While Lyft’s current strength in the United States is shielding it from the troubles Uber is experiencing overseas, this may not always be the case. Investors preferring US-focused businesses may benefit in the foreseeable future, but this is a dynamic factor that could rapidly turn from a benefit to a detriment should ridehailing and associated business opportunities become more profitable overseas.
Lyft-mania may be distracting
Between the psychologically meaningful title of being the first ridehailing service to debut on the US public markets, in addition to the fact that the company has no existing profits or immediately foreseeable profitability, Lyft’s stock inherently incorporates the principles of behavioral finance more than it relies on company fundamentals. “Pigs get slaughtered” is an old phrase on Wall Street meaning that greed will kill an investor’s success.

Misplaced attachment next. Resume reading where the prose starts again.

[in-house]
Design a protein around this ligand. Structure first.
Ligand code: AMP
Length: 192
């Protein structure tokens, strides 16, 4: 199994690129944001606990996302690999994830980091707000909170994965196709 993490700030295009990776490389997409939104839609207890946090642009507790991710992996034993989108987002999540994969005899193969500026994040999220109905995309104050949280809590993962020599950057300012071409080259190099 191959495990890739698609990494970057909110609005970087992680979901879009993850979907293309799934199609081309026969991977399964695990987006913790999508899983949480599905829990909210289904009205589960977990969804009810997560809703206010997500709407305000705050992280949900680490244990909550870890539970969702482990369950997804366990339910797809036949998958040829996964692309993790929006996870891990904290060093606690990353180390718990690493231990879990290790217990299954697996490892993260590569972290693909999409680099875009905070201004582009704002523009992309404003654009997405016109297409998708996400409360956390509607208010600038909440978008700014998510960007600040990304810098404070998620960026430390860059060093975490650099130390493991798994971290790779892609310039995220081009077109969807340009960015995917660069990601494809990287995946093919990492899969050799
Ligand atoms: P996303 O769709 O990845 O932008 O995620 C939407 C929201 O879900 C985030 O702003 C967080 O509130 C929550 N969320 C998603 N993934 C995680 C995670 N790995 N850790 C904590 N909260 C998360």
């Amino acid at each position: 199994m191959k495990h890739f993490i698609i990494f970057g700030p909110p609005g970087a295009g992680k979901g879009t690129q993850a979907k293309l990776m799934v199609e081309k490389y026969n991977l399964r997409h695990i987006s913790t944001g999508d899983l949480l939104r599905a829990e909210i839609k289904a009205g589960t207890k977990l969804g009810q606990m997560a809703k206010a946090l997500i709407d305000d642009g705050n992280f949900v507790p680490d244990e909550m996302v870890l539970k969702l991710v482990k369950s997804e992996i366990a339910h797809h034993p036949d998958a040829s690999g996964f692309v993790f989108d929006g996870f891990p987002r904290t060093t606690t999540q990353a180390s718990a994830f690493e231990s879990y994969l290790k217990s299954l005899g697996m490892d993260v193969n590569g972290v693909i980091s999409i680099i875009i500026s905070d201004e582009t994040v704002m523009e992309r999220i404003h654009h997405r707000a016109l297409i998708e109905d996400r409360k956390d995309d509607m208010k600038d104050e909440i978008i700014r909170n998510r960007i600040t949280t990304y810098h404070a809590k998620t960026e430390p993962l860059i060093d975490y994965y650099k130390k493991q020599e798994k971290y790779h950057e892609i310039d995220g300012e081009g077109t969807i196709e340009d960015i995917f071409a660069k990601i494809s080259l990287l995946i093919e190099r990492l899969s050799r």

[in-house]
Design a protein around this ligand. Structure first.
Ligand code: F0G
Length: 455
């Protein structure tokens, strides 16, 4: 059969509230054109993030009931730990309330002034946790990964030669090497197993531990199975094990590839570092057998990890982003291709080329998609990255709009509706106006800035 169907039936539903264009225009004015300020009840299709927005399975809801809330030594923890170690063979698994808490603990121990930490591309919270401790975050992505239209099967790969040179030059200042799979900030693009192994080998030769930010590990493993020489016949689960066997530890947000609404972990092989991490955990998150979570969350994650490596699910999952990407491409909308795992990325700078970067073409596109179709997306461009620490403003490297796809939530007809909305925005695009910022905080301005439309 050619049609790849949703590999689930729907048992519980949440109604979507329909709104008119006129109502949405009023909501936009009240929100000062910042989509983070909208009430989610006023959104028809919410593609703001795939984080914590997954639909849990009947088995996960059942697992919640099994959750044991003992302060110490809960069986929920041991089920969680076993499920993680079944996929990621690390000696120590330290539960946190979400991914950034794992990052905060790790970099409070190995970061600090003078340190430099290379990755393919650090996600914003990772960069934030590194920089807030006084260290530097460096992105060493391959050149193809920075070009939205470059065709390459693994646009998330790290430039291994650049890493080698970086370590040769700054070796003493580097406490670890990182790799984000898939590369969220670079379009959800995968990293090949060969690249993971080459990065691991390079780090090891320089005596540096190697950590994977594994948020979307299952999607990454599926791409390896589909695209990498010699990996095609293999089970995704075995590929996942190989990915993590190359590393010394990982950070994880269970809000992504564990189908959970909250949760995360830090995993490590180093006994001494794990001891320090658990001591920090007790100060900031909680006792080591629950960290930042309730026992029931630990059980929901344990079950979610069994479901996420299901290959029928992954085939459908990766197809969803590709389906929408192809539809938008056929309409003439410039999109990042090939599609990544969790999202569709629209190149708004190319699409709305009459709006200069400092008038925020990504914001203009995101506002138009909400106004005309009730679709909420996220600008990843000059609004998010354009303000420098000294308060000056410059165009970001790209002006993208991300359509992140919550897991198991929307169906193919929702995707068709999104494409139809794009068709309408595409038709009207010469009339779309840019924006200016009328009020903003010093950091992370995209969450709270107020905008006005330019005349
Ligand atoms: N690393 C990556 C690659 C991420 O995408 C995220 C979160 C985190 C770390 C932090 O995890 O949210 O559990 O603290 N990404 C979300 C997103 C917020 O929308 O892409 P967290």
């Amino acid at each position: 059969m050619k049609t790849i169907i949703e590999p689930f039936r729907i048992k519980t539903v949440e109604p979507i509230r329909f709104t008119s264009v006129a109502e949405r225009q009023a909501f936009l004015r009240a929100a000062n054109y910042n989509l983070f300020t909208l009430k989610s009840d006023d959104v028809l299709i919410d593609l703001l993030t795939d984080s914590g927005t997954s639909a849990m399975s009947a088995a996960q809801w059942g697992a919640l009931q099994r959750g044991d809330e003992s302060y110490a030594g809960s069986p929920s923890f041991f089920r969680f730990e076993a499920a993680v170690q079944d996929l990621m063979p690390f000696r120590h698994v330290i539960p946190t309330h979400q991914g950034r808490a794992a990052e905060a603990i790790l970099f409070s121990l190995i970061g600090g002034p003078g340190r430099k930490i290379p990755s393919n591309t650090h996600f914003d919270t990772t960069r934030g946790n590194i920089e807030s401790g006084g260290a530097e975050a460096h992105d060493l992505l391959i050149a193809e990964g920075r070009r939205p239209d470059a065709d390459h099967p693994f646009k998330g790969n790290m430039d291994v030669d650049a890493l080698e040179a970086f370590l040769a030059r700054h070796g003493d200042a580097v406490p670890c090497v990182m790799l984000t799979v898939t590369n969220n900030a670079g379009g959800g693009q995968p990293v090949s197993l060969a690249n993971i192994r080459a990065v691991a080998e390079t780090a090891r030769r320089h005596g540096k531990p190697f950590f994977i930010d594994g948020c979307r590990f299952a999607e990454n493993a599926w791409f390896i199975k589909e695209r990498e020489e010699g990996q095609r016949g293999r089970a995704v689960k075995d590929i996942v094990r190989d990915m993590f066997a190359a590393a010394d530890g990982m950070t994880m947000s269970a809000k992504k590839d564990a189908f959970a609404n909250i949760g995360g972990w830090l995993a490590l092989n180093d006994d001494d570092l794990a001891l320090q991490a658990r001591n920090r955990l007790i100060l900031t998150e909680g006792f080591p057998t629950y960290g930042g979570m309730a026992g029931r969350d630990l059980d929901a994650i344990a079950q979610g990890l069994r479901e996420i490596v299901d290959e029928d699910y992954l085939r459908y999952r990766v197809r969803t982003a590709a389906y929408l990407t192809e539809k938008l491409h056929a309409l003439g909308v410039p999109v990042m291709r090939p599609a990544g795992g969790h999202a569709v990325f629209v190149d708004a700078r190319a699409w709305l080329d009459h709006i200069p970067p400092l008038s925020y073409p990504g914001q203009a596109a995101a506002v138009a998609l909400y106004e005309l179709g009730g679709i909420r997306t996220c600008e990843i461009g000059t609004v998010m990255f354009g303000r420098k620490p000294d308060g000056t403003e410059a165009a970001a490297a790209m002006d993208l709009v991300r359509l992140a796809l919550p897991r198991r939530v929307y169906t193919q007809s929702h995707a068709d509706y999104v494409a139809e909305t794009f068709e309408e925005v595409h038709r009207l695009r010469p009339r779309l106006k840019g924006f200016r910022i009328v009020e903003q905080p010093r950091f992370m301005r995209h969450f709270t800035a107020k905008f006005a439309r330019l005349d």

Both short-term trading and long-term investing should be viewed like running a business involving calculated decisions, instead of being approached like gambling at a casino. In addition to using stop-loss and trailing-stop orders, technical and fundamental analysis, options trading strategies and other logic-based approaches, choosing to simply do nothing in light of bad risk/reward ratios or a lack of promising trade opportunities is yet another smart strategy toward turning a profit in stocks. Sometimes, not doing anything is the best choice.
But as suggested by Lyft’s approximately 10% intraday drop from its $87.24 opening price down to its $78.29 closing, many retail and institutional investors are eager to get in on Lyft-mania just for the sake of getting a piece of the pie. The initial buying rush at Friday’s open faded rapidly, leaving a stop-loss inducing red day for many eager investors who hurried to get in on the action.